The classification of its red wines makes this appellation unique. Whereas most Italian regions claim the wines from one or two grapes as superior, or specific vineyards or communes most admirable, Valpolicella ranks the caliber of its red wines based on delimited production methods, and every tier uses the same basic blending grapes.
Corvina holds the most esteem among varieties here and provides the backbone of the best reds of Valpolicella. Also typical in the blends, in lesser quantities, are Rondinella, Molinara, Oseleta, Croatina, Corvinone and a few other minor red varieties.
Valpolicella Classico, the simplest category, is where the region’s top values are found and resembles in style light and fruity Beaujolais. The next tier of reds, called Valpolicella Superiore, represents a darker and more serious and concentrated expression of Valpolicella, capable of pairing with red meat, roast poultry and hard cheeses.
Most prestigious in Valpolicella are the dry red, Amarone della Valpolicella, and its sweet counterpart, Recioto della Valpolicella. Both are created from harvested grapes left to dry for three to five months before going to press, resulting in intensely rich, lush, cerebral and cellar-worthy wines.
Falling in between Valpolicella Superiore and Amarone is a style called Valpolicella Ripasso, which has become immensely popular only since the turn of the century. Ripasso literally means “repassed” and is made by macerating fresh Valpolicella on the pressed grape skins of Amarone. As a result, a Ripasso will have more depth and complexity compared to a regular Superiore but is more approachable than an Amarone.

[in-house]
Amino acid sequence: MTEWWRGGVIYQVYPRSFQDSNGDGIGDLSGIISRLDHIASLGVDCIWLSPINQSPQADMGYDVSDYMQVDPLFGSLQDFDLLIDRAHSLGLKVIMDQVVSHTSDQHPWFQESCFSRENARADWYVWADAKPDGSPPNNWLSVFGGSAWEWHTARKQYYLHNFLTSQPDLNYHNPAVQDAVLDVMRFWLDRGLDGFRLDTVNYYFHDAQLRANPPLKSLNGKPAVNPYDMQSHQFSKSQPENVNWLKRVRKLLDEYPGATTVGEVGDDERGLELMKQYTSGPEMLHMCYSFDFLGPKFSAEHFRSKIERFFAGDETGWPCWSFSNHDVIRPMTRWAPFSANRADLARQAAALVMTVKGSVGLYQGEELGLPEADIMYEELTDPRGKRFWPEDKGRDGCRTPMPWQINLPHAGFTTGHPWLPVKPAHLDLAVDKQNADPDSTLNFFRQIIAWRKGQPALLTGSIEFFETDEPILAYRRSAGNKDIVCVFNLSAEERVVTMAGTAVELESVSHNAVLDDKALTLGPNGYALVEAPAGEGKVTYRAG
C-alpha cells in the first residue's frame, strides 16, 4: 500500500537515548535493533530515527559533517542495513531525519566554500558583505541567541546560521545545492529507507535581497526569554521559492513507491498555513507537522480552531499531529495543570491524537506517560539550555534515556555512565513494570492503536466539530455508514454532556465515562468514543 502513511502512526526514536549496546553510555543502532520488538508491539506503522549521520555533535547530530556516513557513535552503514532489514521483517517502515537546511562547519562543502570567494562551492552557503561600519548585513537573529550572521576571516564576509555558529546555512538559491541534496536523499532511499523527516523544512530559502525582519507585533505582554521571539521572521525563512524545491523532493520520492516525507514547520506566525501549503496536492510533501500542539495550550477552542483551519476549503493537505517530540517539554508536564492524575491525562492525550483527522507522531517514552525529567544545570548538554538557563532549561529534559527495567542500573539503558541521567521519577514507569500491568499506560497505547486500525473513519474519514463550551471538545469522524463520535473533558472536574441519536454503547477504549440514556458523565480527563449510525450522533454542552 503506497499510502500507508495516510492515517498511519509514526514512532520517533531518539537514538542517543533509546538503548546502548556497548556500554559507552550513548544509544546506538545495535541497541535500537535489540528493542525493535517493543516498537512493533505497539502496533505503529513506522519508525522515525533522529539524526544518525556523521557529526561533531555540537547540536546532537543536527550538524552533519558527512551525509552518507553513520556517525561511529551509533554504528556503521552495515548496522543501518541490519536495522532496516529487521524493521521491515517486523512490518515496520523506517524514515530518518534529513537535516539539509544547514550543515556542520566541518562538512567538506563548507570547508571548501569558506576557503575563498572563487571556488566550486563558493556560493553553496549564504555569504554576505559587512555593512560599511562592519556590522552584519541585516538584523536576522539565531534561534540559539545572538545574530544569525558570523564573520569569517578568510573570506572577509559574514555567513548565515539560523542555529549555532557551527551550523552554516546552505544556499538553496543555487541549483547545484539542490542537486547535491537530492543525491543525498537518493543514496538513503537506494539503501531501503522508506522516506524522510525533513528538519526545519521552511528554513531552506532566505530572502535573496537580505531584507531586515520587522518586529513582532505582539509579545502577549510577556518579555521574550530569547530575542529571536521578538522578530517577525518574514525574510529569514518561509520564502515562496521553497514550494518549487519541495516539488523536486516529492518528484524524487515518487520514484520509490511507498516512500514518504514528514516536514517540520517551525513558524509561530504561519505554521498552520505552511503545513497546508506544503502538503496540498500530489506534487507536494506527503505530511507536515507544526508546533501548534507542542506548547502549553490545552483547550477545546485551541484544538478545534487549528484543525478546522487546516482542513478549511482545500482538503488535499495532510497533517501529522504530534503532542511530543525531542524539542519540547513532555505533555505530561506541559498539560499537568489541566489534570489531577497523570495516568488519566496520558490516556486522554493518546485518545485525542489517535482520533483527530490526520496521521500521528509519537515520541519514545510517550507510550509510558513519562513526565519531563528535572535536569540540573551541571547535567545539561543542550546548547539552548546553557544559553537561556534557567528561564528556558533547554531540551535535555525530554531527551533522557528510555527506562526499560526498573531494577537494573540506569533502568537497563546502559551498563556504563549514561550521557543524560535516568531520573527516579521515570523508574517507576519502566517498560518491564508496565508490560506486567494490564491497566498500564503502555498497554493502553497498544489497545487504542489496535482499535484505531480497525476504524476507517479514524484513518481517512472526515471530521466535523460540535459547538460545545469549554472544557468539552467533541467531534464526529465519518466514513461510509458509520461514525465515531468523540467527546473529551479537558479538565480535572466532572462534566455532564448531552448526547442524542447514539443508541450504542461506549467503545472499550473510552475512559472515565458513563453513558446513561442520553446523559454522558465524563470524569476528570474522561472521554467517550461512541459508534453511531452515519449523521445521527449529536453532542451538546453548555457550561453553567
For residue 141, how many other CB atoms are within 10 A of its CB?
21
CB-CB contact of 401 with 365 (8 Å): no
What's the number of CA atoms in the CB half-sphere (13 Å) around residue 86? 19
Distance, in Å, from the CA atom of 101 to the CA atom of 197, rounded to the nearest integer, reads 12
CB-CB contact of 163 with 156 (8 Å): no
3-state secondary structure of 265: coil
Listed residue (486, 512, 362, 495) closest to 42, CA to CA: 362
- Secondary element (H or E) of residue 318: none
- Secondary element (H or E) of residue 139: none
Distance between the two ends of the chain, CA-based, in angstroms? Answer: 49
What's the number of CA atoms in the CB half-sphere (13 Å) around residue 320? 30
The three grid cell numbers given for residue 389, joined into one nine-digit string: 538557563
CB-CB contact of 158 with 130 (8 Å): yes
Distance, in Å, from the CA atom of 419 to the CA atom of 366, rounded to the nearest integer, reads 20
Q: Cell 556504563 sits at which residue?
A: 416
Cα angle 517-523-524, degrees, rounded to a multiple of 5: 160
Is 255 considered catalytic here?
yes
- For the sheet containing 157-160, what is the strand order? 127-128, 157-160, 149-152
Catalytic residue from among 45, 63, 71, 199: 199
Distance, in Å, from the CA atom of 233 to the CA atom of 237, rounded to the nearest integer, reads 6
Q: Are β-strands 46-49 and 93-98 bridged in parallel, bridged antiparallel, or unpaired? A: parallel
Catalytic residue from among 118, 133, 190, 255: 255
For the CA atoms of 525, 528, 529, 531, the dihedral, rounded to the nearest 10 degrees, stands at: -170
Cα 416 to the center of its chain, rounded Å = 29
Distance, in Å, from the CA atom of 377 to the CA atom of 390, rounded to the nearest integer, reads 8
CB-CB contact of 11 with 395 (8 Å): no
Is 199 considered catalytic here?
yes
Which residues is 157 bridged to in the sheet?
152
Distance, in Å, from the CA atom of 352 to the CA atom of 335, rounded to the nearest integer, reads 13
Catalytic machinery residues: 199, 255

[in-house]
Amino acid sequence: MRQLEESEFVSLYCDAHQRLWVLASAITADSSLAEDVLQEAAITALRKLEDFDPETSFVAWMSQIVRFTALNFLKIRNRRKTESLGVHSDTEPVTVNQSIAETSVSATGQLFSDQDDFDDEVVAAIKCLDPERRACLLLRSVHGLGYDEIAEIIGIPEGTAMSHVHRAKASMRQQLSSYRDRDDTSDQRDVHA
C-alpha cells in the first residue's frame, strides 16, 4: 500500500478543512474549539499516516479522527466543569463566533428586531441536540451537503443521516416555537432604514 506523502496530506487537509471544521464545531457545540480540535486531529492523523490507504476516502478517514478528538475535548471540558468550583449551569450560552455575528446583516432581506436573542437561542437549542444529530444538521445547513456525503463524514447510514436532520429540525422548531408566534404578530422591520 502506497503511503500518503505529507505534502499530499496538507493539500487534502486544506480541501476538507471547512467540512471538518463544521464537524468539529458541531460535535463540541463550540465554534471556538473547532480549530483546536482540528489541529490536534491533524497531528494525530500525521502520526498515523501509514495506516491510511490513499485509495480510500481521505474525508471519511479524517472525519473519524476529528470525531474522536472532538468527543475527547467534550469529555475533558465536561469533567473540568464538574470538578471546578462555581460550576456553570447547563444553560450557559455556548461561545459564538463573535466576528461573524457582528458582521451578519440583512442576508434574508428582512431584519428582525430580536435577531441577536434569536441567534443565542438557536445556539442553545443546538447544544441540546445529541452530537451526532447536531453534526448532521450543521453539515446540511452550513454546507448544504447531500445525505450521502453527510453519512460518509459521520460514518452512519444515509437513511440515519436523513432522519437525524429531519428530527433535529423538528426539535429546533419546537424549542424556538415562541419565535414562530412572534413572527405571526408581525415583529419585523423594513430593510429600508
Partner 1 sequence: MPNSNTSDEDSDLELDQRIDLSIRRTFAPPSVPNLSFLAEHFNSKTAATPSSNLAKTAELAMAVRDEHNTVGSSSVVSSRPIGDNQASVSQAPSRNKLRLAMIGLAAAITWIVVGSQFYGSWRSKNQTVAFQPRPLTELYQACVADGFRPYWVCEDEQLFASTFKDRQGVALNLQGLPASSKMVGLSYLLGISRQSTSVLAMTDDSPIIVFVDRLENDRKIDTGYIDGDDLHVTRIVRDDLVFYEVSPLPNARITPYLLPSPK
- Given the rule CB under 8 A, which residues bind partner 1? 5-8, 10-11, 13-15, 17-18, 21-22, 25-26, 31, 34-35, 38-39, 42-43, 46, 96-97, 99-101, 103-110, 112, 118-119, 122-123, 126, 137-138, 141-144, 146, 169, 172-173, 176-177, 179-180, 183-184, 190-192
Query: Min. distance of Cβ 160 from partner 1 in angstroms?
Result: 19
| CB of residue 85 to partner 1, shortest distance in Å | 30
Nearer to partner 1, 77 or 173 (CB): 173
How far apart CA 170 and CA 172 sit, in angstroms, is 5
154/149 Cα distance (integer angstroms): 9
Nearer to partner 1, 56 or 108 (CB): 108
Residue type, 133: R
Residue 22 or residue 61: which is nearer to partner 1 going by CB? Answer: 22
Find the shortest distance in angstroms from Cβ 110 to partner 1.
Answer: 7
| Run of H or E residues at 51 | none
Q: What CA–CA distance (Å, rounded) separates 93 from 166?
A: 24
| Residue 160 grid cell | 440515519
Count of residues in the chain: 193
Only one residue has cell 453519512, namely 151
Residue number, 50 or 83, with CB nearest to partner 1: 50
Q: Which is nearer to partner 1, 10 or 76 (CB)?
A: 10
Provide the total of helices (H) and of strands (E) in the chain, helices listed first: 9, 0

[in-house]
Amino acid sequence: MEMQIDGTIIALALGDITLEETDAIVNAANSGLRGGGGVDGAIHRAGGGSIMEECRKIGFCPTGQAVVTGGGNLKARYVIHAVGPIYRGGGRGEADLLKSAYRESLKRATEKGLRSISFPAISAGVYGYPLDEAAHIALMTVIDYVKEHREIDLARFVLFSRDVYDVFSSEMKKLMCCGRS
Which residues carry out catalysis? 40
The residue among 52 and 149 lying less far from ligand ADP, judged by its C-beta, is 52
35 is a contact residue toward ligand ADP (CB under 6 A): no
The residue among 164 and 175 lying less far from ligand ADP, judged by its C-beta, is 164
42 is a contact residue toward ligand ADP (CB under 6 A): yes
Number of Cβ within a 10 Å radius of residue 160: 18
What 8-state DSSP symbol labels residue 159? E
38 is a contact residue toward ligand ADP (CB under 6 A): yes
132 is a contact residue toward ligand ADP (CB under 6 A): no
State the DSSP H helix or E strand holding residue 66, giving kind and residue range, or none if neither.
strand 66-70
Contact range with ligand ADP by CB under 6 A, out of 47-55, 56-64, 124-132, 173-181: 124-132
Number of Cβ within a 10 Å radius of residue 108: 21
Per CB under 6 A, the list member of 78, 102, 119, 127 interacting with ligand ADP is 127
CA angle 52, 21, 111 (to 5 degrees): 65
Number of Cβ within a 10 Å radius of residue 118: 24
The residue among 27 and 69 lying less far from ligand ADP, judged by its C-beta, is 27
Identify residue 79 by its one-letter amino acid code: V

With hundreds of red grape varieties to choose from, winemakers have the freedom to create a virtually endless assortment of blended red wines. In many European regions, strict laws are in place determining the set of varieties that may be used, but in the New World, experimentation is permitted and encouraged resulting in a wide variety of red wine styles. Blending can be utilized to enhance balance or create complexity, lending different layers of flavors and aromas. For example, a red wine blend variety that creates a fruity and full-bodied wine would do well combined with one that is naturally high in acidity and tannins. Sometimes small amounts of a particular variety are added to boost color or aromatics. Blending can take place before or after fermentation, with the latter, more popular option giving more control to the winemaker over the final qualities of the wine.
How to Serve Red Wine
A common piece of advice is to serve red wine at “room temperature,” but this suggestion is imprecise. After all, room temperature in January is likely to be quite different than in August, even considering the possible effect of central heating and air conditioning systems. The proper temperature to aim for is 55° F to 60° F for lighter-bodied reds and 60° F to 65° F for fuller-bodied wines.
How Long Does Red Wine Last?
Once opened and re-corked, a bottle stored in a cool, dark environment (like your fridge) will stay fresh and nicely drinkable for a day or two. There are products available that can extend that period by a couple of days. As for unopened bottles, optimal storage means keeping them on their sides in a moderately humid environment at about 57° F. Red wines stored in this manner will stay good – and possibly improve – for anywhere from one year to multiple decades. Assessing how long to hold on to a bottle is a complicated science. If you are planning long-term storage of your reds, seek the advice of a wine professional.